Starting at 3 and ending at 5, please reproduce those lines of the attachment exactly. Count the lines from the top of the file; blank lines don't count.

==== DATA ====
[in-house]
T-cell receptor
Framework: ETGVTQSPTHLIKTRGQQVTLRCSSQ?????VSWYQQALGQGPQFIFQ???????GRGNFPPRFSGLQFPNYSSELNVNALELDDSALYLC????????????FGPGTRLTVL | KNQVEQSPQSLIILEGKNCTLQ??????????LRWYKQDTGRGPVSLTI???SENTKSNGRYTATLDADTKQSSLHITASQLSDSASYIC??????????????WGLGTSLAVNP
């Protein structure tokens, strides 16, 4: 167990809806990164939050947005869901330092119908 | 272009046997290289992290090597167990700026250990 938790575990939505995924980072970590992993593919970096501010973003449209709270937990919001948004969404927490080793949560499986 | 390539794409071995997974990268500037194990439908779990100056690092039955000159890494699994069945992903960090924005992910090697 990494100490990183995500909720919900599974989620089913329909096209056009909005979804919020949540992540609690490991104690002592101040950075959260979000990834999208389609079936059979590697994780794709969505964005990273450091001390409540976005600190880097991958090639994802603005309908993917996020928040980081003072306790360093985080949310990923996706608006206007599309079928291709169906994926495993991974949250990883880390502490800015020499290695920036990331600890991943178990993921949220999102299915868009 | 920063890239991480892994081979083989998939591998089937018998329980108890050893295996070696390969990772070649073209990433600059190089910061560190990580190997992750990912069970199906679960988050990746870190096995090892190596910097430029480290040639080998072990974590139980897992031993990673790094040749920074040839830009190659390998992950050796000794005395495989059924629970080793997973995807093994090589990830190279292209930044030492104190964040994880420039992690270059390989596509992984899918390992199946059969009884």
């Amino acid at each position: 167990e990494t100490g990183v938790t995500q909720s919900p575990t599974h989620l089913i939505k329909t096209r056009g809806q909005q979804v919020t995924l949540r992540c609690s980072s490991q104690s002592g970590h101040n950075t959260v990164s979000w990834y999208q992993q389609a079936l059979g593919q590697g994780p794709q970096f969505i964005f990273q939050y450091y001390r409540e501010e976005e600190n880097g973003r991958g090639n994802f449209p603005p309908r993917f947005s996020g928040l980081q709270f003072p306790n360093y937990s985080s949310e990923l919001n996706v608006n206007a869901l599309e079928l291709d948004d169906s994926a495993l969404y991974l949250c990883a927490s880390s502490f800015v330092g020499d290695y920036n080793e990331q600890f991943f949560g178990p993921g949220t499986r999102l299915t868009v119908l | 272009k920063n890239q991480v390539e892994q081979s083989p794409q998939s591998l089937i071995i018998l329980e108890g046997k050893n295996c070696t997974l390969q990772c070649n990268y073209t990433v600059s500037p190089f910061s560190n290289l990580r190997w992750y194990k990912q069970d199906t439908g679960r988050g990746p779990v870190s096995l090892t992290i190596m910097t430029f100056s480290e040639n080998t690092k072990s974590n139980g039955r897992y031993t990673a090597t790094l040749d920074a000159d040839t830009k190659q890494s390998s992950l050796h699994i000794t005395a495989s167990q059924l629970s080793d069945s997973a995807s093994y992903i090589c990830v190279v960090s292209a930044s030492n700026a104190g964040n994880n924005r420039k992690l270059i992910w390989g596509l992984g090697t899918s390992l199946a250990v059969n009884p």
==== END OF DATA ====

Framework: ETGVTQSPTHLIKTRGQQVTLRCSSQ?????VSWYQQALGQGPQFIFQ???????GRGNFPPRFSGLQFPNYSSELNVNALELDDSALYLC????????????FGPGTRLTVL | KNQVEQSPQSLIILEGKNCTLQ??????????LRWYKQDTGRGPVSLTI???SENTKSNGRYTATLDADTKQSSLHITASQLSDSASYIC??????????????WGLGTSLAVNP
């Protein structure tokens, strides 16, 4: 167990809806990164939050947005869901330092119908 | 272009046997290289992290090597167990700026250990 938790575990939505995924980072970590992993593919970096501010973003449209709270937990919001948004969404927490080793949560499986 | 390539794409071995997974990268500037194990439908779990100056690092039955000159890494699994069945992903960090924005992910090697 990494100490990183995500909720919900599974989620089913329909096209056009909005979804919020949540992540609690490991104690002592101040950075959260979000990834999208389609079936059979590697994780794709969505964005990273450091001390409540976005600190880097991958090639994802603005309908993917996020928040980081003072306790360093985080949310990923996706608006206007599309079928291709169906994926495993991974949250990883880390502490800015020499290695920036990331600890991943178990993921949220999102299915868009 | 920063890239991480892994081979083989998939591998089937018998329980108890050893295996070696390969990772070649073209990433600059190089910061560190990580190997992750990912069970199906679960988050990746870190096995090892190596910097430029480290040639080998072990974590139980897992031993990673790094040749920074040839830009190659390998992950050796000794005395495989059924629970080793997973995807093994090589990830190279292209930044030492104190964040994880420039992690270059390989596509992984899918390992199946059969009884």
């Amino acid at each position: 167990e990494t100490g990183v938790t995500q909720s919900p575990t599974h989620l089913i939505k329909t096209r056009g809806q909005q979804v919020t995924l949540r992540c609690s980072s490991q104690s002592g970590h101040n950075t959260v990164s979000w990834y999208q992993q389609a079936l059979g593919q590697g994780p794709q970096f969505i964005f990273q939050y450091y001390r409540e501010e976005e600190n880097g973003r991958g090639n994802f449209p603005p309908r993917f947005s996020g928040l980081q709270f003072p306790n360093y937990s985080s949310e990923l919001n996706v608006n206007a869901l599309e079928l291709d948004d169906s994926a495993l969404y991974l949250c990883a927490s880390s502490f800015v330092g020499d290695y920036n080793e990331q600890f991943f949560g178990p993921g949220t499986r999102l299915t868009v119908l | 272009k920063n890239q991480v390539e892994q081979s083989p794409q998939s591998l089937i071995i018998l329980e108890g046997k050893n295996c070696t997974l390969q990772c070649n990268y073209t990433v600059s500037p190089f910061s560190n290289l990580r190997w992750y194990k990912q069970d199906t439908g679960r988050g990746p779990v870190s096995l090892t992290i190596m910097t430029f100056s480290e040639n080998t690092k072990s974590n139980g039955r897992y031993t990673a090597t790094l040749d920074a000159d040839t830009k190659q890494s390998s992950l050796h699994i000794t005395a495989s167990q059924l629970s080793d069945s997973a995807s093994y992903i090589c990830v190279v960090s292209a930044s030492n700026a104190g964040n994880n924005r420039k992690l270059i992910w390989g596509l992984g090697t899918s390992l199946a250990v059969n009884p």